The thing is, to have these actively growing plants, pumping life into the soil, and to have this groundcover of litter, protecting the soil, we need livestock.

Livestock to graze the plants – that they will grow, be grazed, regrow, and pump life into the soil as they do.

Livestock to trample plant material – that it will be laid down and form a mulch on the soil surface.

Livestock – to add manure and urine to the soil.

Have you seen grasses ungrazed or uncut?  Their leaves become dry, old and grey (lignified), at which time there is no growth and no pumping of carbon rich plant sugars feeding into the soil via the roots. The land, rested for too long, will become stagnant.

If we consider the growing of wheat and soybean crops for the production of fake meat, they are almost always grown as monoculture crops, with the paddocks fallowed (ie. nothing growing, where the ground is either ploughed or sprayed with herbicides to control weeds) in the times between the grain crops.  Fallowed land and monoculture crops are two of the worst things for soil health.  Poor soil health leads to wind and water erosion, poor nutrient cycling (and low nutrient contents in the food grown), loss of biodiversity and more.

Claiming we need to not eat meat for the health of the land is actually an uneducated comment.  Conversely too however, if animals are managed poorly, and pastures overgrazed, this can be just as detrimental to soil health. And, just like well managed cattle can help to heal the land, so too can grain and legume cropping when grown with cover crops of multiple species, grown in the time between the grain crops.

A diverse pasture for raising livestock can host quail, lizards, snakes, butterflies, birds of prey, small native marsupials, kangaroos, wallabies and soil that is alive.

A monoculture legume crop lacks life.

Conversely, an overgrazed pasture lacks life, while a diverse, multispecies cover crop (grown in rotation with wheat or legumes) will have lady beetles, moths, dragonflies, spiders and all manner of life present – including diverse soil fungi and microbiology.

~Aren’t Cows a Climate Change Pest?

I have written about ruminant animals and whether they are a methane pest or a climate change solution, here at my other blog (specifically about regenerative agriculture). Briefly though, in biologically healthy soils, there exists methanotrophs – bacteria that feed solely on methane (nothing else). There is also carbon returned to healthy soils via the process explained above (through photosynthesis), with the world’s soils being the largest potential sink for atmospheric carbon. (Read more at the blog if you are interested).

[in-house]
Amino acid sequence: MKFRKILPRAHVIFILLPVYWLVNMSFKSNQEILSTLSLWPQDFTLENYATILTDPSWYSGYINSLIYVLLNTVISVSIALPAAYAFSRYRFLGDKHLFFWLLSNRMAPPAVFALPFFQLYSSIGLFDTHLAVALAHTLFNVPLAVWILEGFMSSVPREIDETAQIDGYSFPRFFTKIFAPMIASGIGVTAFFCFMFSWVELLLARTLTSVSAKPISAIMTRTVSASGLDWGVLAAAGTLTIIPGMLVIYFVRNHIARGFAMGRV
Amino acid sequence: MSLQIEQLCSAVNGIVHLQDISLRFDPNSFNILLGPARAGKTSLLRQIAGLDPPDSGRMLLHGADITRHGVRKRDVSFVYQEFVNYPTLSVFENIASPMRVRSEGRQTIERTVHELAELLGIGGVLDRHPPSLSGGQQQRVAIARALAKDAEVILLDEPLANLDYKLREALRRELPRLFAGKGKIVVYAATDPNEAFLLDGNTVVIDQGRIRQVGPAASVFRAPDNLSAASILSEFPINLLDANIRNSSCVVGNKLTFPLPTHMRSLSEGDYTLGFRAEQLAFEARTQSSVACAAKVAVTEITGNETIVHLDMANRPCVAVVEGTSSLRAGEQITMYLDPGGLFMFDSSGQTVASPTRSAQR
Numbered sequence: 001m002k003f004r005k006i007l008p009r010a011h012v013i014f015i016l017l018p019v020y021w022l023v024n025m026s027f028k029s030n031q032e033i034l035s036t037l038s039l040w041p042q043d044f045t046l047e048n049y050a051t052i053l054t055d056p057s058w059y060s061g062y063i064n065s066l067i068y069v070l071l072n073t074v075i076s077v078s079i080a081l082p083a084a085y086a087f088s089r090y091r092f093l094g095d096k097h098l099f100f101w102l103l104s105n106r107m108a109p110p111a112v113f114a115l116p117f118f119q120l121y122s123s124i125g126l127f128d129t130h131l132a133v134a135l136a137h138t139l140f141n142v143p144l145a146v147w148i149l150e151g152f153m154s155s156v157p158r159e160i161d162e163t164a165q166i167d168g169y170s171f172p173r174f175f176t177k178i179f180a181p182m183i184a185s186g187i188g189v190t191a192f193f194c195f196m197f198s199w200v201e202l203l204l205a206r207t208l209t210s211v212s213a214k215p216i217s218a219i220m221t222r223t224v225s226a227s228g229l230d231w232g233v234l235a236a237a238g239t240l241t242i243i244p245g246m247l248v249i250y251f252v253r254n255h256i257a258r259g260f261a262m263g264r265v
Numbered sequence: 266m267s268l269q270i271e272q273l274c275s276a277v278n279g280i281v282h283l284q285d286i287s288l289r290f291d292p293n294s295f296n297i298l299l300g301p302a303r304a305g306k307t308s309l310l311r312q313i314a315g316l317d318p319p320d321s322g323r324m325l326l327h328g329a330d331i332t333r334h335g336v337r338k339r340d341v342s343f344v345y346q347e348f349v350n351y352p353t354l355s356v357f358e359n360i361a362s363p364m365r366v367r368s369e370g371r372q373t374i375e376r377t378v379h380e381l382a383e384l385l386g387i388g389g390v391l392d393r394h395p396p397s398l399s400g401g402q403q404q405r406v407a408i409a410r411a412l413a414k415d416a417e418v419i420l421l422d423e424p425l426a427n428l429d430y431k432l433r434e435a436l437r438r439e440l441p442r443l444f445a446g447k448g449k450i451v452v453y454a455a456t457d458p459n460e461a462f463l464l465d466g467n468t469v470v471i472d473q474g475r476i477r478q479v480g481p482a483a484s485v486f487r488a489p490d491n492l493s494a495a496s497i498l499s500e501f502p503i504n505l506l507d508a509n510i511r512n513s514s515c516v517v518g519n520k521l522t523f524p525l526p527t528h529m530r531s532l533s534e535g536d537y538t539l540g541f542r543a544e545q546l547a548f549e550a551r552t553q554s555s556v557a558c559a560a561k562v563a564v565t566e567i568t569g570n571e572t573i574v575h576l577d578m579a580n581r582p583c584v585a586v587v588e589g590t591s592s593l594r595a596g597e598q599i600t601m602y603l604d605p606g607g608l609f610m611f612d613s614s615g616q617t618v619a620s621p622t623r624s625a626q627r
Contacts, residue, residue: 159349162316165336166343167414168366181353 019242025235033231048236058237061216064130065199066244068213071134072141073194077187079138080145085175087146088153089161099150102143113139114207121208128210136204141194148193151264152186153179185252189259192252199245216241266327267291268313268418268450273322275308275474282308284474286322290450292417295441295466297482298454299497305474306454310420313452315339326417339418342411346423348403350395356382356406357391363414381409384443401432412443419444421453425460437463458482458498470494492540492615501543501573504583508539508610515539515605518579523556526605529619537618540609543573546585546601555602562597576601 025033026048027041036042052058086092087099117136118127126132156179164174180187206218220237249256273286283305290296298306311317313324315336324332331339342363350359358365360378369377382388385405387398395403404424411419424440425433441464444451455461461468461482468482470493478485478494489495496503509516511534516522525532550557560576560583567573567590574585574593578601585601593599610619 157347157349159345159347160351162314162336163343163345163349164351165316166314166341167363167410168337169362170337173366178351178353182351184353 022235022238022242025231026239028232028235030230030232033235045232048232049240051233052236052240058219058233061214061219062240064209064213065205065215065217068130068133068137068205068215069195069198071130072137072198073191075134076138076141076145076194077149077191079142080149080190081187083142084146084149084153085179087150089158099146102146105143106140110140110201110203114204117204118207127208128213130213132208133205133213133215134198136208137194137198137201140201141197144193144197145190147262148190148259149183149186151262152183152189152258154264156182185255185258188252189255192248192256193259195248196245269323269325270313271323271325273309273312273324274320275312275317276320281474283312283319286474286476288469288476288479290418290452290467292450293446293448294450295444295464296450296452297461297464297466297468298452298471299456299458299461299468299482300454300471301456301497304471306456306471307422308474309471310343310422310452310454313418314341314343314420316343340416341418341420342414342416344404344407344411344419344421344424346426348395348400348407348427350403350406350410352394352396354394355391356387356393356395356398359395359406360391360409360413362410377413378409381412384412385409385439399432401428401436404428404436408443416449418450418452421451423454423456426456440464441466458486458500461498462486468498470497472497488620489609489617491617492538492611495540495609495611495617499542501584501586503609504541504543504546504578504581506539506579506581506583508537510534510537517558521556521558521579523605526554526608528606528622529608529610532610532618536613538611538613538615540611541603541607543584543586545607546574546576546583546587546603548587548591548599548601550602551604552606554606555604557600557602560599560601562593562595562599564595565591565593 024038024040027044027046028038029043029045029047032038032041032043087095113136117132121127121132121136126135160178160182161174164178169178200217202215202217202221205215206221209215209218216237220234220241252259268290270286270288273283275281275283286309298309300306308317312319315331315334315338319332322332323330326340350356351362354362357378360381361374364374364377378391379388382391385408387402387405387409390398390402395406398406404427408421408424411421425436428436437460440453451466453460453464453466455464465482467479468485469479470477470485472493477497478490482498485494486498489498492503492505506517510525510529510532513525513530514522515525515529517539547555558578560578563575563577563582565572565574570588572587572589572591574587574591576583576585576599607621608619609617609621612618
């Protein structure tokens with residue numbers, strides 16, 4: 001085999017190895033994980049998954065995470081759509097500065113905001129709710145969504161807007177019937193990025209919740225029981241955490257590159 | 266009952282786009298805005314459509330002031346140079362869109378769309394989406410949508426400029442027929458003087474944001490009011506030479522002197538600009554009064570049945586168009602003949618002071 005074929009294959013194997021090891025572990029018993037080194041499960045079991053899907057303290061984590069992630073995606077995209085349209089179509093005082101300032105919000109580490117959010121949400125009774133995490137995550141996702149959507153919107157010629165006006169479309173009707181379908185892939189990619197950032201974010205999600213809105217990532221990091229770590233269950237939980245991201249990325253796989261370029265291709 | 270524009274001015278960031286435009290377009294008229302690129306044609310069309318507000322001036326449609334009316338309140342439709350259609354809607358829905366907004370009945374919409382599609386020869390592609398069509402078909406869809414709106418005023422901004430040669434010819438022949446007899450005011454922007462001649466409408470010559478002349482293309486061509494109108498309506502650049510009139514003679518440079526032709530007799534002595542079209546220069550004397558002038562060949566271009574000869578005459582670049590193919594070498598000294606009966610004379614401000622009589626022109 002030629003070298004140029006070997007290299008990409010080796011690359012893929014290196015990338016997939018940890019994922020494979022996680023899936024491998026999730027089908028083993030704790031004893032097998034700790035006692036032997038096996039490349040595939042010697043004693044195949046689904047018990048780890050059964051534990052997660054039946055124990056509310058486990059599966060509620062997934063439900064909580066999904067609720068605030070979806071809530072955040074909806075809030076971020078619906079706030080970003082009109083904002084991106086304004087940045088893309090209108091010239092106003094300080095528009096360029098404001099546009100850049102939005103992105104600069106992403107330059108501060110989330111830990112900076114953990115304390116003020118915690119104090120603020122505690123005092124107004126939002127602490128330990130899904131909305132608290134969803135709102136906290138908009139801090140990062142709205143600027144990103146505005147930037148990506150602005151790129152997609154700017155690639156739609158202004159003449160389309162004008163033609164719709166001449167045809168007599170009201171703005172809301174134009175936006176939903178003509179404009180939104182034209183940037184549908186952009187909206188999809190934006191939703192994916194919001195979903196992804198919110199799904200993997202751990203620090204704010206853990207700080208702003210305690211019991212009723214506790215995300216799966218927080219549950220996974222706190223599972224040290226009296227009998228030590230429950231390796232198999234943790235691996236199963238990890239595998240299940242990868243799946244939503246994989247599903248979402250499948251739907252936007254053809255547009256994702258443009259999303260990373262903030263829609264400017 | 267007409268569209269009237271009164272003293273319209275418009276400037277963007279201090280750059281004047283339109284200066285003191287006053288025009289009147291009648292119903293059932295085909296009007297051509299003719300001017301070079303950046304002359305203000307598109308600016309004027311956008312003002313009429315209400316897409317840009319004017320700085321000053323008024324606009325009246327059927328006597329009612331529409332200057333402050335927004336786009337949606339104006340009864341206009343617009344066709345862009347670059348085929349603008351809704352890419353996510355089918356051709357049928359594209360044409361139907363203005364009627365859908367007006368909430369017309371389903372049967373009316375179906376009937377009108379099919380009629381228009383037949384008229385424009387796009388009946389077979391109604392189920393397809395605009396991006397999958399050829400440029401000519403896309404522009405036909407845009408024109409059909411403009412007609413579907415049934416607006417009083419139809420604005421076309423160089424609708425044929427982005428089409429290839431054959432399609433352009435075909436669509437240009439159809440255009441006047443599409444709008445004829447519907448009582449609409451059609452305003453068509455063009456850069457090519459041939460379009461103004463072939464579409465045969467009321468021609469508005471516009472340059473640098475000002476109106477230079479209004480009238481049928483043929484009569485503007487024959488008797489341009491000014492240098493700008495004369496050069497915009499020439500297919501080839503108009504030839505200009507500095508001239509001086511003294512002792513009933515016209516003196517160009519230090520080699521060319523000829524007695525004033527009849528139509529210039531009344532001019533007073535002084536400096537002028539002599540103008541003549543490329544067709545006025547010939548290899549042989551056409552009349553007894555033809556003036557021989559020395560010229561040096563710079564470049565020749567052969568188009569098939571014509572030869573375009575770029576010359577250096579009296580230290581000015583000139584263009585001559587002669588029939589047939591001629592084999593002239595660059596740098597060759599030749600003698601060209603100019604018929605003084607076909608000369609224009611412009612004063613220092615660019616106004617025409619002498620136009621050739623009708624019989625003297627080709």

My point is, it is not whether grains or animals are farmed that determines the land health, it is the way in which these are farmed that is the determinant.  Excitingly, more and more farmers are learning about and using more regenerative farming techniques.

I have written more detail about how cows can heal the land here.

As a last thing to consider, much of the world’s grazing lands are simply not suited to growing crops because of the soil types or climate and we don’t just want to simply lock these lands up forever – as I described above, we are left with lignified, grey plants lacking life and then lifeless soils.


Taking a Life

And so we come to the point of should we be taking an animal’s life versus eating plants?  What value do we place on the life of another being? Does the emotional value of a cow with a cute face far outweigh that of field mice or tiny and largely unseen native mammals that wouldn’t exist in the monoculture of a grain crop? If so, is there a threshold – Just how many little creatures equal one cow? If we choose to not eat meat because of these difficult ethical reasons, then what of the other small marsupials, lizards, quails etc, whose lives don’t exist because of the monoculture grain and legume crops grown for fake meat production?

It’s just not such a black and white argument that it is made out to be of ‘taking a life versus not taking a life’.  Again, hearing this tells me that a person is not fully versed on the topic they are commenting on. Here’s a whole extra bit of reading on that if you like!



I will mention energy here as a last thought (and I don’t mean calorific energy, but rather lifeforce energy). I genuinely believe that the area of energy is something that will become more greatly explored, better understood and there will be a greater realisation of its importance with regards to our thoughts, our water, our foods and more.  The energy contained in a whole food – in the state it was grown or raised must surely carry a greater energy than a product that has been highly processed.  That, I believe, will go on to better lifeforce energy for our bodies.


So whether it’s your own health, the health of the farming landscapes of the world or taking the life of an animal that you’re concerned about, I hope I’ve given you some food for thought. Fake meat? I reckon we’d all be better off without it, but isn’t it great that we live in a society that we can have such choice, as long as it is a consciously made one!

Kirrily 🙂

See our hamper choices here  if you’d like to enjoy some of our

chemical free, 100% grass fed beef (that is real!), fed on diverse pastures.


I’m fascinated by the different comments that our customers make about our grass fed beef and the difference that they notice to some other beef consumed.  But what really interests me is how those aspects relate to the health of our beef and what we’re doing on the farm that might result in this experience for those enjoying it.